Recipe: Cape Cod Scones

It’s said that breakfast is the most important meal of the day.  And I really have no reason to argue with that.  I can see that by not having breakfast, I sometimes want to compensate when I eat lunch.  I do my best to at least have a piece of fruit or a handful of granola.  But here’s the thing: I really don’t like most breakfast foods.

I know I’m not the only one out there who feels this way, but sometimes it seems as though I’m the lone breakfast hater in this world.  I just don’t get much satisfaction out of eating a bowl of cereal or a stack of pancakes (though the latter I will make from time to time). 

With that being said, I have to admit that I thoroughly enjoy baking muffins and scones.  I love the way they can be adapted for every season.  To me, there’s nothing like sitting outside on the deck with a cup of coffee, a newspaper (preferably the New York Times… sorry Bostonians), and a scone.  In fact, this has become a ritual for us the weekends we are on the Cape. 

Over the past month, I’ve gone through the same process.  Every Saturday, I wake up at 7, take the pup out so she can do what she needs to do, pick up the papers, and get back to the house to whip up a batch of scones.  

Now, there is one book I always go to for breakfast recipes and that is Lora Brody’s The Cape Cod Table.   This is a wonderful cookbook and I’ve used it, and her many others, quite frequently (see: Hearts of Darkness and Blueberry Muffins).  The personal anecdotes in her book not only make you want to eat the food she writes about, but it makes you think about the presence of food in your own life.  

The recipes in the first chapter have almost converted me into becoming a breakfast lover: The Best Blueberry Muffins, Scrambled Eggs with Lox, Onions, and Peppers, and Strawberries and Cream French Toast.  And then there’s the very first recipe in the book… Cape Cod Scones.  

These scones are perfection; crunchy on the outside, fluffy on the inside.  No matter what your preference is, whether it be blueberries or cranberries, fresh or dried, I highly recommend using this recipe as your base.  They aren’t overly sweet, like so many scones can be, and there is actually a lot less butter in this recipe than most of the ones I came across online.  

It should be noted that I did alter this recipe to incorporate the fresh (frozen) cranberries and the grapefruit zest we had in the house. While the cranberries are tart, this balanced quite nicely with the sweetness from the scone.  The zest was subtle and was noticeable towards the end of each bite.

Again, whatever you end up doing, this is a terrific recipe and I hope you all enjoy it over the holiday weekend.   

Cape Cod Scones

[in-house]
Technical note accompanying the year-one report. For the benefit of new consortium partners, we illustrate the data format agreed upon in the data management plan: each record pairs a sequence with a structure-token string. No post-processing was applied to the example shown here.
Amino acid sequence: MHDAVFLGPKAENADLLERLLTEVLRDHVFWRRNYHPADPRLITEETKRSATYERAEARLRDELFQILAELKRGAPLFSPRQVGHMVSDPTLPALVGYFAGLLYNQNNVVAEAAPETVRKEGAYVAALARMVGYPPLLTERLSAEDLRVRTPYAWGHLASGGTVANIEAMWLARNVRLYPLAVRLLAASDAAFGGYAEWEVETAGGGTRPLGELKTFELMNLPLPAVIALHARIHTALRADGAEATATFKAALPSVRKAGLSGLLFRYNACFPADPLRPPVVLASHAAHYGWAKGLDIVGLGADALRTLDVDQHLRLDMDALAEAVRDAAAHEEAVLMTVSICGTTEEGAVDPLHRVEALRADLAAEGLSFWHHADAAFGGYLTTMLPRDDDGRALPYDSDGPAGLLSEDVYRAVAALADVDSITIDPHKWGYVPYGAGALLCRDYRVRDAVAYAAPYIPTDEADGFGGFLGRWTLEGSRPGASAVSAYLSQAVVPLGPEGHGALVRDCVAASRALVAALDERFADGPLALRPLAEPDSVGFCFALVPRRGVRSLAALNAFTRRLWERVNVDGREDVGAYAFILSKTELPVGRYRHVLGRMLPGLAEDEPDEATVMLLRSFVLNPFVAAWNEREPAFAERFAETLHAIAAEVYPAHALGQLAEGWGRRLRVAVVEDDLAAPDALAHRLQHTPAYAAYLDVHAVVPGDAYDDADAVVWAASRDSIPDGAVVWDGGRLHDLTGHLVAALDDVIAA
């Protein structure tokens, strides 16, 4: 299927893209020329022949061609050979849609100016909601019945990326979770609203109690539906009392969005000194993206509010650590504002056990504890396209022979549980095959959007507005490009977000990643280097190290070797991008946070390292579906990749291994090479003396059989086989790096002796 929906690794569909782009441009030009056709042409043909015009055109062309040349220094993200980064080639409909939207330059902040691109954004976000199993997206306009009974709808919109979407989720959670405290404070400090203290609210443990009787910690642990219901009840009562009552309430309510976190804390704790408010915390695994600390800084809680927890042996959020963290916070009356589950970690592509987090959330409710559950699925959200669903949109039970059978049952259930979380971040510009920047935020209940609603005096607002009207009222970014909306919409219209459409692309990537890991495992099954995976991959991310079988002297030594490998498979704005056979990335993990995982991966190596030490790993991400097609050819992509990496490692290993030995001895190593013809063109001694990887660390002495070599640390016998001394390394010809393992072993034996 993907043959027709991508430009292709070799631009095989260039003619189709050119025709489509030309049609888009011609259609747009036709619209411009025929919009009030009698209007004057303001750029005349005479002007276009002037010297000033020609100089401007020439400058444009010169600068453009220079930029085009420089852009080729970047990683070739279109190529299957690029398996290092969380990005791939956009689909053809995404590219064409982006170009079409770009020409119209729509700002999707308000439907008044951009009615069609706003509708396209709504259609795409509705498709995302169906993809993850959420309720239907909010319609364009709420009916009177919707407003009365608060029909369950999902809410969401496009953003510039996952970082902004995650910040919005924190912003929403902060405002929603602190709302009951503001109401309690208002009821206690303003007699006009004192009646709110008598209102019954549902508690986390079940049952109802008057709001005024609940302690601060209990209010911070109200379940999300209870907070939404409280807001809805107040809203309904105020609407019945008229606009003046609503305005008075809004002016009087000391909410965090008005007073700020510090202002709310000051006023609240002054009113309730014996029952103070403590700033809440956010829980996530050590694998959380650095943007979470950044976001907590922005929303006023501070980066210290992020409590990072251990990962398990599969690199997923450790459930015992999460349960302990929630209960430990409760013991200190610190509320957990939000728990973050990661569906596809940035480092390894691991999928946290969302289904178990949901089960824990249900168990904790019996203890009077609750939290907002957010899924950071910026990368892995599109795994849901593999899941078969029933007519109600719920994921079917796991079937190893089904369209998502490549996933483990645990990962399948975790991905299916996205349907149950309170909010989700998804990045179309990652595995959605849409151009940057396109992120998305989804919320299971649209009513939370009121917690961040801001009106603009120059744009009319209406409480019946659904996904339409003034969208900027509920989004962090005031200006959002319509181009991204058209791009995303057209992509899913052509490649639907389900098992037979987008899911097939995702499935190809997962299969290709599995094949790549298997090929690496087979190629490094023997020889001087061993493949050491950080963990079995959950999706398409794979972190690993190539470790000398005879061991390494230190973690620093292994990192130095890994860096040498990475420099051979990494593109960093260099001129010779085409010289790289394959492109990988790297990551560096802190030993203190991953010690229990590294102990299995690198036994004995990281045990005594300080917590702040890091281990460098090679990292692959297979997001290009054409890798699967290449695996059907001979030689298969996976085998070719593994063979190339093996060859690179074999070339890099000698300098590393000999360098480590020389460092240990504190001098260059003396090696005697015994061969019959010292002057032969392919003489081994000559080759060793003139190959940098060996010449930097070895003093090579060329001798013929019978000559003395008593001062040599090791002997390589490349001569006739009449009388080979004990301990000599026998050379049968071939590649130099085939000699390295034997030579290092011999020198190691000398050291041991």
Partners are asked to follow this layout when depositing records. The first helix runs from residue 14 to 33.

(altered from the recipe in Lora Brody’s The Cape Cod Table)
Makes 12 scones

A note on this recipe: the only thing I altered was that, instead of using dried cranberries, I used fresh (that had been frozen), and I added some grapefruit zest.

2 cups all-purpose flour, measured after sifting
1 tbsp baking powder
3/4 tsp salt
1/2 cup granulated sugar
1/2 cup berries, cranberries (fresh, frozen, or, if you prefer, dried)
zest of 1/2 red grapefruit
1 1/4 cups heavy cream (though I used a little less and cut it with some milk)
3 tbsp unsalted butter, melted
Coarse sugar for sprinkling on tops

Preheat oven to 425 degrees, with the rack in the center position.  The scones will bake on an ungreased heavy-duty baking sheet.  Into a medium-sized mixing bowl, sift the flour, baking powder, salt, and sugar.  Use table fork to mix well.  If you are adding dried berries (or fresh), stir them in at this point.  Dribble the cream over the dry ingredients while mixing with the fork.  Continue mixing gently just as until the mixture forms a rough, sticky ball of dough.  Add the grapefruit zest and mix to fully incorporate into dough.

Turn the dough out onto a lightly floured work surface, sprinkle lightly with flour, and knead 10 times by pushing the half closer to you down and away from you with the heel of your hand and folding it back over itself, giving it a quarter turn each time.

Pat the dough into a 9-inch disk.  Brush the top with melted butter and sprinkle generously with coarse sugar.  Use a long knife to cut the dough into 12 wedges and transfer each onto the baking sheet, leaving about 1 1/2 inches between them.  Bake for 15 to 17 minutes, or until the tops are golden brown.

Serve warm or at room temperature.

  • June 30, 2010 - 12:33 pm

    bunkycooks - Your scones truly are perfection! My hubby swears by a recipe that he has, but I will definitely have to make these over the weekend! I agree that there is nothing better in the morning than a cup of coffee, a fresh scone and a newspaper. I used to spend many mornings just that way in Boston and I miss it!ReplyCancel

  • June 30, 2010 - 2:18 pm

    Tracy - These look really good. I'm wondering, how do you think buttermilk in place of the heavy cream would do? I have never made scones. Love the fact that this uses so little butter…so if I can get away with something other than heavy cream. Maybe I'll just try. Thanks for the recipe.ReplyCancel

  • June 30, 2010 - 2:40 pm

    A Thought For Food - Tracy, you can definitely use buttermilk in this recipe. In fact, I didn't have enough heavy cream, so I cut it with milk. Came out just fine…

    Might as well try it and see what happens. :-)

    Thanks for commenting!ReplyCancel

  • June 30, 2010 - 4:19 pm

    Missi - You have just transported me to your porch with your post. There is nothing more perfect than a newspaper, scone, and (for me) tea on a warming summer morning…

    I have been dying to make scones with a bunch of blueberries that I just picked up and found a recipe from one of my Alice Waters cookbooks that is almost identical to yours!